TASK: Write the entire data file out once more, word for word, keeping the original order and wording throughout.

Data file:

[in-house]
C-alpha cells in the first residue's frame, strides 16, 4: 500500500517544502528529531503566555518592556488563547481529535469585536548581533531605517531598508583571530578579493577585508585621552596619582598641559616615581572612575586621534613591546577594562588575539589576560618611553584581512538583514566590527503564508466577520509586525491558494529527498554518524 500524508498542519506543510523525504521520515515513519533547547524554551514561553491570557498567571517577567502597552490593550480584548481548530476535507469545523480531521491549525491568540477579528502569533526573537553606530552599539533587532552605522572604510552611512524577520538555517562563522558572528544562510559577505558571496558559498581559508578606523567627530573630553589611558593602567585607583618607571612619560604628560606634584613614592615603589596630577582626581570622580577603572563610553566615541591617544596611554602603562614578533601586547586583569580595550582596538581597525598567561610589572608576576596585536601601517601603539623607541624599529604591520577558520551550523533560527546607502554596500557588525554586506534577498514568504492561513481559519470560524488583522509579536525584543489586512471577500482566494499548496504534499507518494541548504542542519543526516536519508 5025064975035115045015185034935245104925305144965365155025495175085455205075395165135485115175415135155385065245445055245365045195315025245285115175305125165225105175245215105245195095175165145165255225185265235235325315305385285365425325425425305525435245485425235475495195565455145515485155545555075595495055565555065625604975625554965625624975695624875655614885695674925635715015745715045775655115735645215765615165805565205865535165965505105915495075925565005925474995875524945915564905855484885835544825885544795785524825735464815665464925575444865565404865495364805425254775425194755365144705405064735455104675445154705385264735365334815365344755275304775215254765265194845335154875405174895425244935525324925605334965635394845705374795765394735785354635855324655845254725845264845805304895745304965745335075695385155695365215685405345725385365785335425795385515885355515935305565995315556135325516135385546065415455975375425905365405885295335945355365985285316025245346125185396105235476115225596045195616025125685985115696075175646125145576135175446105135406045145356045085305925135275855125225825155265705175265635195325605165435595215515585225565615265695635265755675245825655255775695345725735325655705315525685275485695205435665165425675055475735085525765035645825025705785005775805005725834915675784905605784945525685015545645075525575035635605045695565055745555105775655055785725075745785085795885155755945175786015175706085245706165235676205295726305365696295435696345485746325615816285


[in-house]
C-alpha cells in the first residue's frame, strides 16, 4: 500500500517544502528529531503566555518592556488563547481529535469585536548581533531605517531598508583571530578579493577585508585621552596619582598641559616615581572612575586621534613591546577594562588575539589576560618611553584581512538583514566590527503564508466577520509586525491558494529527498554518524 500524508498542519506543510523525504521520515515513519533547547524554551514561553491570557498567571517577567502597552490593550480584548481548530476535507469545523480531521491549525491568540477579528502569533526573537553606530552599539533587532552605522572604510552611512524577520538555517562563522558572528544562510559577505558571496558559498581559508578606523567627530573630553589611558593602567585607583618607571612619560604628560606634584613614592615603589596630577582626581570622580577603572563610553566615541591617544596611554602603562614578533601586547586583569580595550582596538581597525598567561610589572608576576596585536601601517601603539623607541624599529604591520577558520551550523533560527546607502554596500557588525554586506534577498514568504492561513481559519470560524488583522509579536525584543489586512471577500482566494499548496504534499507518494541548504542542519543526516536519508 5025064975035115045015185034935245104925305144965365155025495175085455205075395165135485115175415135155385065245445055245365045195315025245285115175305125165225105175245215105245195095175165145165255225185265235235325315305385285365425325425425305525435245485425235475495195565455145515485155545555075595495055565555065625604975625554965625624975695624875655614885695674925635715015745715045775655115735645215765615165805565205865535165965505105915495075925565005925474995875524945915564905855484885835544825885544795785524825735464815665464925575444865565404865495364805425254775425194755365144705405064735455104675445154705385264735365334815365344755275304775215254765265194845335154875405174895425244935525324925605334965635394845705374795765394735785354635855324655845254725845264845805304895745304965745335075695385155695365215685405345725385365785335425795385515885355515935305565995315556135325516135385546065415455975375425905365405885295335945355365985285316025245346125185396105235476115225596045195616025125685985115696075175646125145576135175446105135406045145356045085305925135275855125225825155265705175265635195325605165435595215515585225565615265695635265755675245825655255775695345725735325655705315525685275485695205435665165425675055475735085525765035645825025705785005775805005725834915675784905605784945525685015545645075525575035635605045695565055745555105775655055785725075745785085795885155755945175786015175706085245706165235676205295726305365696295435696345485746325615816285